Potters Poultry celebrate 50th annivesary year
Were you always going to become involved in the family business?
Olivia: I have been a part of Potters Poultry ever since I could carry an egg basket! But I did decide to go to Manchester University to study Leisure Management, but missed the poultry business so much that I worked part time in the farm office while finishing my degree, then full time after graduating. Since then I’ve moved into managing the farms and sales, based on the family owned farm at Willey, near Rugby.
What were some of the major changes that you instigated at Potters?
I felt that we should move into a stronger, more secure position. We were doing about half a million pullets but mostly to one large company and going into cages – tying up all of our farms. We decided we’d be better expanding our customer profile to deal with a larger number of smaller free range producers, family businesses like ourselves. We now cover virtually all of the UK and have come out of cages altogether. We last had caged birds through the business about five years ago. We decided not to continue with layers ourselves, but concentrate our efforts on rearing.
Now Potters has both a significant pullets and equipment business – with equipment being installed and home and abroad. How do they work together?
It’s definitely 50-50. Justin has his division to run and I have mine, but whilst they are separate, we do work very closely and I feel that gives us something very unique to offer the UK poultry industry. We call it the Potters Package, where we work in partnership with customers to offer complete housing systems and robust Pullets, coupled with ongoing technical support and back up.
We operate separately if that is what the customer wants – pullets or equipment – or for those that want the full package, once they have their base work done, we can supply all their needs from start to finish, including aftercare.
We have worked hard to ensure that Potters’ products and services are of a high standard and we act as an ally for our customers.
How important is clear communication with customers?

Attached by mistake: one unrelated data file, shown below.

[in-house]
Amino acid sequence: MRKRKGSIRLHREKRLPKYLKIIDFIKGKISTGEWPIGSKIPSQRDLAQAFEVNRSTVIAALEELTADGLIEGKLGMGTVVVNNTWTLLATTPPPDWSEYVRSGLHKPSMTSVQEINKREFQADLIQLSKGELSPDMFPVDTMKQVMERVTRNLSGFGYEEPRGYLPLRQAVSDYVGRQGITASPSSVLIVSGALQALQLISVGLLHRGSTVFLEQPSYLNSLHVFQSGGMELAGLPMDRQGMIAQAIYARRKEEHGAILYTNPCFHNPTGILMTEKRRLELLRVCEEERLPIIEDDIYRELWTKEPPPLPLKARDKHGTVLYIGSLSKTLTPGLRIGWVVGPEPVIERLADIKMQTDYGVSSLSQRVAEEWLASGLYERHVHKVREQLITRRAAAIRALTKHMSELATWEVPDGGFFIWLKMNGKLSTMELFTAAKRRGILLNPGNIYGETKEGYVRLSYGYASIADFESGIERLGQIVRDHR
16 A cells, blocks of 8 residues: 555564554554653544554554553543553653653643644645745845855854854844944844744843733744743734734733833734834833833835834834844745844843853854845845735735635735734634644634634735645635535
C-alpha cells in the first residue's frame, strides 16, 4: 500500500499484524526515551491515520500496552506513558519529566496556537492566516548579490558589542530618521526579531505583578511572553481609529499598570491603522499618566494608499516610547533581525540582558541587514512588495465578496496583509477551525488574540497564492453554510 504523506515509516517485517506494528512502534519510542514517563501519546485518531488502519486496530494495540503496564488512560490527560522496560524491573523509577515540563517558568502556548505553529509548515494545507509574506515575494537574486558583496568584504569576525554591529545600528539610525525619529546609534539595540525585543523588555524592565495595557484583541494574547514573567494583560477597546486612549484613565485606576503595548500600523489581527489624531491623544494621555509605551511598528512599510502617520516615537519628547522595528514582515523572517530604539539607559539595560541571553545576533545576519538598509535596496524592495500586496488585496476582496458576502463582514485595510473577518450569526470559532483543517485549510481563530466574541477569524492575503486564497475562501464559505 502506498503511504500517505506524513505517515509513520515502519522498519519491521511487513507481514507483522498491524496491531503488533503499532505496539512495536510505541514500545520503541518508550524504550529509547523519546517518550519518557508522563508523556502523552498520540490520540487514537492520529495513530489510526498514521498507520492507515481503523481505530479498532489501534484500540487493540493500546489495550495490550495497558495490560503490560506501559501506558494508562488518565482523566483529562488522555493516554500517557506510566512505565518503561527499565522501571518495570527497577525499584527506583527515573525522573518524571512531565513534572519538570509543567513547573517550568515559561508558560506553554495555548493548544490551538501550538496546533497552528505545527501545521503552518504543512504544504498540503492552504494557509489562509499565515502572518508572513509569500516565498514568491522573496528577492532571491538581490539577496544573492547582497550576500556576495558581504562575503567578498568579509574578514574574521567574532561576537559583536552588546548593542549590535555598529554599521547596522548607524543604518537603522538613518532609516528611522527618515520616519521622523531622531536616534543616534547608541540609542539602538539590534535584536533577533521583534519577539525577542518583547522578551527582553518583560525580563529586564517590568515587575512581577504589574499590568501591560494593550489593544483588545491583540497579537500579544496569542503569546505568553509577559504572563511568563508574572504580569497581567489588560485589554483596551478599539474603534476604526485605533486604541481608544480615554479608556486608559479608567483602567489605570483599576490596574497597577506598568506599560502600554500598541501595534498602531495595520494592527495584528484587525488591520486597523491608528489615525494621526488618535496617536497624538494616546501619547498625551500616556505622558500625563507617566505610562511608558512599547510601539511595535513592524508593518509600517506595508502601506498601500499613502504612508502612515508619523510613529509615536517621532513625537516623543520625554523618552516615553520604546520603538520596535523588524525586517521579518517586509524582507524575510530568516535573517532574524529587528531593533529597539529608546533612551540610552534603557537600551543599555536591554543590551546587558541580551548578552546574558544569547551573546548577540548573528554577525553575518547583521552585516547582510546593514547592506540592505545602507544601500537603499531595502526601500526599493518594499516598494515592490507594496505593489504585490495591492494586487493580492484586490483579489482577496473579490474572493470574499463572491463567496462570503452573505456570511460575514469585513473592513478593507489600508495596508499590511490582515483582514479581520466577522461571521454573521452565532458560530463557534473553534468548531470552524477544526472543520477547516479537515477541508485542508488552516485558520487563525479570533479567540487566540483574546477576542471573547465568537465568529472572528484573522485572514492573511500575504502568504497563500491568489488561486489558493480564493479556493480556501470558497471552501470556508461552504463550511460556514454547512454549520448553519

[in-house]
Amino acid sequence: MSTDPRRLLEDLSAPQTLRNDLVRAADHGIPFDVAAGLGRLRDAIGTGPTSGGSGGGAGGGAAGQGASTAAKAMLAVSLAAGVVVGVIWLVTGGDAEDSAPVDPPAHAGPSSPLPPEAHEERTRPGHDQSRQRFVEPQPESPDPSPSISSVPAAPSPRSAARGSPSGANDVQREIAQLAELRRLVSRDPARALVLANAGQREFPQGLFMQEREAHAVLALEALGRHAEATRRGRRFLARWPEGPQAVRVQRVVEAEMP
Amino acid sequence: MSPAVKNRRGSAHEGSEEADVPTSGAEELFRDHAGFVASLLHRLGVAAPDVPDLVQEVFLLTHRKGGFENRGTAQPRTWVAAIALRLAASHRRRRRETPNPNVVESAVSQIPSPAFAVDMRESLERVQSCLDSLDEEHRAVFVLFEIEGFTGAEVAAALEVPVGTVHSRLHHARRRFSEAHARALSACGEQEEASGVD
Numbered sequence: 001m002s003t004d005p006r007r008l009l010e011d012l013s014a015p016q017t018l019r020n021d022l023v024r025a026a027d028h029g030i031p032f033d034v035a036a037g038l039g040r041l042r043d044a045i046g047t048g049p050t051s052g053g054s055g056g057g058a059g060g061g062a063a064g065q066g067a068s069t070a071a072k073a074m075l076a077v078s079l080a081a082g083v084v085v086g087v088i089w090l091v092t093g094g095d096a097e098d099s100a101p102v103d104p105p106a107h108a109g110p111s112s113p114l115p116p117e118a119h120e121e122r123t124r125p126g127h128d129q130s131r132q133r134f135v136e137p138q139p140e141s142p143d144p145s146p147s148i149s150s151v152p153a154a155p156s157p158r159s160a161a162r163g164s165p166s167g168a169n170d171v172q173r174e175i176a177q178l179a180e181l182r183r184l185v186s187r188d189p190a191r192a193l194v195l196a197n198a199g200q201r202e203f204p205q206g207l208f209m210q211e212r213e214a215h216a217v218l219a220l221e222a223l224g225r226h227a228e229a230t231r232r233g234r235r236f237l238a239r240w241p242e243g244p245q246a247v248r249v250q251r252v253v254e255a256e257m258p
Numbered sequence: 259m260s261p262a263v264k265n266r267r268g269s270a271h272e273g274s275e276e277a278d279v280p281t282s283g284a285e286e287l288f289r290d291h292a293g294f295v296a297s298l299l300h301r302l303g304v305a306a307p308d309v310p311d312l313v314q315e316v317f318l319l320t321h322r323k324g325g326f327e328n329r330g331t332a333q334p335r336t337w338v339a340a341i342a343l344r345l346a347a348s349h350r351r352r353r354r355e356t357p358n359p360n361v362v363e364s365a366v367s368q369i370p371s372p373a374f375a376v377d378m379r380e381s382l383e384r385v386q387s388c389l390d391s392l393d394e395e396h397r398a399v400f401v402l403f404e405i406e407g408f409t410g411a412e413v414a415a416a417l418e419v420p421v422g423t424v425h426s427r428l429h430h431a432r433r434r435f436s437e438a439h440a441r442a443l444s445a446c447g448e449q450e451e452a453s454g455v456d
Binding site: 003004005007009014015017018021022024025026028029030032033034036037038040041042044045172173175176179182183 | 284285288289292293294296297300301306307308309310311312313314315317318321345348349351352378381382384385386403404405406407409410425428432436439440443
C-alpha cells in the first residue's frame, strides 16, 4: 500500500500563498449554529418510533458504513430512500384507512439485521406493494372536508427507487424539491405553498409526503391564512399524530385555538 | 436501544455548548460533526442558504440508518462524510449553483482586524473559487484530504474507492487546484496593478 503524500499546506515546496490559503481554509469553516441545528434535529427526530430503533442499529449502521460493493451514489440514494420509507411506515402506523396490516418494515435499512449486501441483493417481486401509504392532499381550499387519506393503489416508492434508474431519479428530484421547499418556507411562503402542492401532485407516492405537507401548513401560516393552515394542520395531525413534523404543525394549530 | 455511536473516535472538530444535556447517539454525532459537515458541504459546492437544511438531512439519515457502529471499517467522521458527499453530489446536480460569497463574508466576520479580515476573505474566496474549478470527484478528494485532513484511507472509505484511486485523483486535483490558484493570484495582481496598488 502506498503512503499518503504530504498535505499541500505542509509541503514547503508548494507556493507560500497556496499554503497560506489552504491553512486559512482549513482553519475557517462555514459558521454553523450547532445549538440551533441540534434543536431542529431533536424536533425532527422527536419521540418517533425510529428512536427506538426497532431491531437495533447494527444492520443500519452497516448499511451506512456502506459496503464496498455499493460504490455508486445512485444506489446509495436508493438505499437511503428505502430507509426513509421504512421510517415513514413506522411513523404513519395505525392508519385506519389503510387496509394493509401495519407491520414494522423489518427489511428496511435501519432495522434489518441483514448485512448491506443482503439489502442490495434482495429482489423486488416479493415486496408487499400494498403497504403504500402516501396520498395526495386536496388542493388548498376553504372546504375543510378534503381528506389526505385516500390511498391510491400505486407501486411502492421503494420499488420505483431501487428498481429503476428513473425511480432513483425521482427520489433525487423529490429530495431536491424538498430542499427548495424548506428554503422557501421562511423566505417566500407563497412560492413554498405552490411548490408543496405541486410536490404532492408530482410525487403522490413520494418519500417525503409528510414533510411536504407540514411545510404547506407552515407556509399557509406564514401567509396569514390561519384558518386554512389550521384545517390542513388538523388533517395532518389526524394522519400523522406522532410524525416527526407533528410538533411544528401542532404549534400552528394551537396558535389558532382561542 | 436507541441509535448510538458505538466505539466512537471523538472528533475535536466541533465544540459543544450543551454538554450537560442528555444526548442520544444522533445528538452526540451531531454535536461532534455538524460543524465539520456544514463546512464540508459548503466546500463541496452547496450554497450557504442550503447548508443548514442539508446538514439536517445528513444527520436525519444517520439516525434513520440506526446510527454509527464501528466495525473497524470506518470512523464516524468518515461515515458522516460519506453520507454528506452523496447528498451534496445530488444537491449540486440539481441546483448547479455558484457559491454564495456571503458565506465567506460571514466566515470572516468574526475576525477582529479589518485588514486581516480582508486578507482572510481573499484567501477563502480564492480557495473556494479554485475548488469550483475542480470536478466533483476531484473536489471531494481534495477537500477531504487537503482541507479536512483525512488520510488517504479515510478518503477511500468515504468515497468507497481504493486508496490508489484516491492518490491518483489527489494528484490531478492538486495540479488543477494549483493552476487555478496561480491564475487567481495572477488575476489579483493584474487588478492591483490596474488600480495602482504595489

Transparency is vital – from start to the finish of the rearing process – we fully welcome visitors on site. We were also one of the first, if not the first, to offer the Farm History Pack detailing the birds’ progress throughout the rearing period.
We are equally proud of our on-farm sales and service staff. We have recruited a strong team of knowledgeable and experienced poultry specialists who work alongside farmers, both in the UK and abroad, to ensure the best performance from a flock.
Bird health and welfare remain hugely important - in both the pullet and equipment side, it ensures a high standard to work to. We like to keep abreast of new developments, and will regularly trial gut health products in particular. We continue to look at innovative and cost effective ways to consistently meet target bodyweights and ensure low mortality.
What is Potters’ policy on vaccination?
Again, we are always listening to what challenges are out there, what other rearers are doing, and of course, talking to customers and taking the advice of our vet. We offer not only the industry standard vaccinations but also bespoke vaccinations as required.
A big challenge, I feel, is for everyone to appreciate how difficult it is to ensure that birds achieve breed target body weights when giving multi-vaccines, in some cases these days as many as five or six injected vaccines.
I believe as an industry we should look more to improved farm management rather than over relying on vaccines. Either way physically and genetically, these birds are only capable of a certain amount of weight, set by the breeder - the goal is always to achieve this weight and not compromise on welfare or productivity – giving producers every opportunity to farm a high performing flock of birds and optimise profitability.
Do you also look at new feed options?
Yes, we do, feed is our biggest input and feeding the best quality ingredients, in the most effective way, is vital to getting the growth we want. We’re currently doing a trial in which birds stay on the super chick starter ration for longer to see whether this helps to achieve key targets for body weight. We’re hoping to find out whether by spending more on feed early we can achieve better body weight at the end of rear, where it really counts.
With such a demanding business to attend to do you have any spare time?
Very little - I also have a family of three children under twelve so as you can imagine life is hectic, but fun! But I do like to keep fit and have now run 8 marathons, 4 in support of Cancer Research and raised over £14,000.
For more information on Potters Poultry visit www.potterspoultry.com
No comments posted yet. Be the first to post a comment
Please enter your name
Please enter your comment
Your comment submitted successfully.Please wait for admin approval.
Some error on your process.Please try one more time.
GM crops are good for the economy and can reduce the amount of pesticides u...
Demand from smaller European markets has helped drive strong growth for UK ...
A lack of engineers, not enough people promoting the land-based industries ...
Environment Secretary Elizabeth Truss is launching the National Pollinator ...
Agricultural specialists have welcomed a potential financial boost for youn...
As retailers continue to participate in a highly competitive race to the bo...
New farm business income data from Defra, which focus on income from March ...
Agriculture has remained one of the industries in which workers are most li...
Prime arable land in the UK has seen a substantial year-on-year growth in p...